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Title: The role of the deubiquitylase UCHL3 during alphavirus infection
Author: King, S. C.
Awarding Body: University of Liverpool
Current Institution: University of Liverpool
Date of Award: 2018
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Alphaviruses are positive-sense RNA viruses from the family Togaviridae. These viruses rely on arthropod vectors, such as mosquitos, to replicate before transmission to vertebrates. There are several medically important viruses in this group, including Chikungunya virus (CHIKV) which, since 2004, has caused large number of epidemics that have infected millions of people in Asia, the Indian subcontinent, Europe, the Americas and the Pacific Islands. Consequences of CHIKV infection can include chronic and debilitating arthritis and, in some instances, life-threatening neurologic and cardiac manifestations, which are a major public health concern. Possible future outbreaks and emerging new strains underscore the need to understand this complex virus group, its pathogenicity and host-cell interactions. Currently there are no licensed vaccines or antivirals for CHIKV infection. Ubiquitination and its reversible process, deubiquitination make up the ubiquitin proteasome system which regulates the activity of many cellular pathways and processes, including cell signalling, membrane traffic, protein quality control, endocytosis, DNA repair, cell proliferation, and apoptosis. Thus, is a popular target for viruses, which can manipulate and subvert certain elements of the host ubiquitin proteasome system to enhance their own replication, either by targeting of cellular proteins or encoding viral homologues of key pathway proteins. Deubiquitylases or DUBs are a large family of enzymes shown to play a crucial role, not only in virus replication but also in regulating the antiviral innate immune response, including autophagy and apoptosis, making them attractive drug targets. To generate a better understanding of CHIKV pathogenesis and the role of host cellular factors a siRNA screen was performed using SFV (a close relative of CHIKV) as a model to identify specific host DUBs that play an antiviral role in alphavirus infection, i.e. those that play a role in defending against virus. In an experiment preceding this thesis a DUB siRNA pool library screen identified 21 antiviral candidate DUBs (CYLD, UCHL3, OTUD7A, DUB4, OTUD6B, UCHL5, USP10, USP29, OTUB2, USP31, MPND, USP16, OTUB1, DUB3, USP36, EIF3F, USP7, USP8, USP15, JOSD1, and USP9Y). In the present study, 14 of these 21 DUBs were followed up in a confirmatory deconvolution screen by depletion in SFV-infected HeLa cells. Following validation, two strong antiviral candidate DUBs were identified, USP10 and UCHL3. Since other studies have already established a role for USP10 in SFV and CHIKV infection, this work was expanded to focus on UCHL3 and its role during alphavirus infection in different cell types. The data revealed that while the capacity for SFV and CHIKV to replicate was enhanced in the absence of UCHL3 in HeLa cells, in fibroblast cells this was the reverse highlighting a potential fundamental difference between cell types used, or between siRNA knockdown vs genetic KO of UCHL3. SFV-infected HeLa cells also showed a propensity for raised apoptotic markers, including caspase 3 and 7, and PUMA in the absence of UCHL3 during infection suggesting UCHL3 is pro-survival. UCHL3 reportedly plays an important role in regulating several different cellular processes contributing to cell survival, including cellular proliferation and DNA repair. Based on the data in this thesis and indications from the literature it is now hypothesised to play an important role in the regulation of autophagy and apoptosis. This study may help open the door to further investigations into the role of UCHL3 as a potential antiviral mechanism against alphaviruses.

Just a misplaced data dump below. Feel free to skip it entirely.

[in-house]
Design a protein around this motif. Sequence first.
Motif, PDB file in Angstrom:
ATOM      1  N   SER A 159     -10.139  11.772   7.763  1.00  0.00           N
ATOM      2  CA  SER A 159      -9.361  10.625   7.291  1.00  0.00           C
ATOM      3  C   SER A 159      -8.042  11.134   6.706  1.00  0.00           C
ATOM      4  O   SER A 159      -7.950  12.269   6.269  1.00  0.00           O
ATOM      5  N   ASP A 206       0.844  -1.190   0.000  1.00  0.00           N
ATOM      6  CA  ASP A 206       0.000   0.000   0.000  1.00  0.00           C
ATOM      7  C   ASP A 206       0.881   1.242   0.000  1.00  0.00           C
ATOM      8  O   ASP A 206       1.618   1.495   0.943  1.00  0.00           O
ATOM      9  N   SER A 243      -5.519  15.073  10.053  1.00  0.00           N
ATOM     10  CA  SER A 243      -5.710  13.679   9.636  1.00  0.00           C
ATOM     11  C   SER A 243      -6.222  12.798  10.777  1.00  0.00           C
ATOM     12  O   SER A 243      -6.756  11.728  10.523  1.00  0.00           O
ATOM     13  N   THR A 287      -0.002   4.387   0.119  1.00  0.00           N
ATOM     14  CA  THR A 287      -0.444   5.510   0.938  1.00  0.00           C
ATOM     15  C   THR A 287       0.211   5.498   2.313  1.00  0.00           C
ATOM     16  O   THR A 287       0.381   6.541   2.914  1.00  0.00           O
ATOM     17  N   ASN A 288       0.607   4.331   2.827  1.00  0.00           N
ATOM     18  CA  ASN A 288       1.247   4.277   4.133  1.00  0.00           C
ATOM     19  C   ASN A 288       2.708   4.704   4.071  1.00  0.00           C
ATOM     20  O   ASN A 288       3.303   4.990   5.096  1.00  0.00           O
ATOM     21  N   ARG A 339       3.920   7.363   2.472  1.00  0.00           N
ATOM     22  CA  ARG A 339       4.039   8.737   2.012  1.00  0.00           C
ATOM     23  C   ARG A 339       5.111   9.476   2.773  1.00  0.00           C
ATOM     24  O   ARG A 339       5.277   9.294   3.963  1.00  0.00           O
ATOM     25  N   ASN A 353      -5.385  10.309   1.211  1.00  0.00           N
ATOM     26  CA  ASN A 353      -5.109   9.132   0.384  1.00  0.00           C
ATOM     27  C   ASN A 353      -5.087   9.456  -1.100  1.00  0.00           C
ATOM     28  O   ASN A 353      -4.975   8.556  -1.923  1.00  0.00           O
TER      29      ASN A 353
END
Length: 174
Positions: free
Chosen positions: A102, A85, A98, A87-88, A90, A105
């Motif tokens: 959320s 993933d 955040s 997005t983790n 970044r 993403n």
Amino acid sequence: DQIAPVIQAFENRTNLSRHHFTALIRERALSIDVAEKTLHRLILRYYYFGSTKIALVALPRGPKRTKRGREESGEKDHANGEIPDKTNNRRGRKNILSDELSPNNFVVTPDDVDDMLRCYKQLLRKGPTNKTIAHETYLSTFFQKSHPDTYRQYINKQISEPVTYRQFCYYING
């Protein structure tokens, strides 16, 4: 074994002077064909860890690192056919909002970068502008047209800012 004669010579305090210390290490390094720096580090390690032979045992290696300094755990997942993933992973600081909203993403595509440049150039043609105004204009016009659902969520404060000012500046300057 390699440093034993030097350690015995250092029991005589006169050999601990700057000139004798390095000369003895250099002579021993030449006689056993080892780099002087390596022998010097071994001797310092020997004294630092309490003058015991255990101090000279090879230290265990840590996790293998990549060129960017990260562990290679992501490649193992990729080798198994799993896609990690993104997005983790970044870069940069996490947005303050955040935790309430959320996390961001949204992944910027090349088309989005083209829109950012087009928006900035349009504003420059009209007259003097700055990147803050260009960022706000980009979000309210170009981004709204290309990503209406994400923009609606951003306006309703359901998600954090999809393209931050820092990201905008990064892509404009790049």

Supervisor: Blake, Neil ; Coulson, Judy Sponsor: Not available
Qualification Name: Thesis (Ph.D.) Qualification Level: Doctoral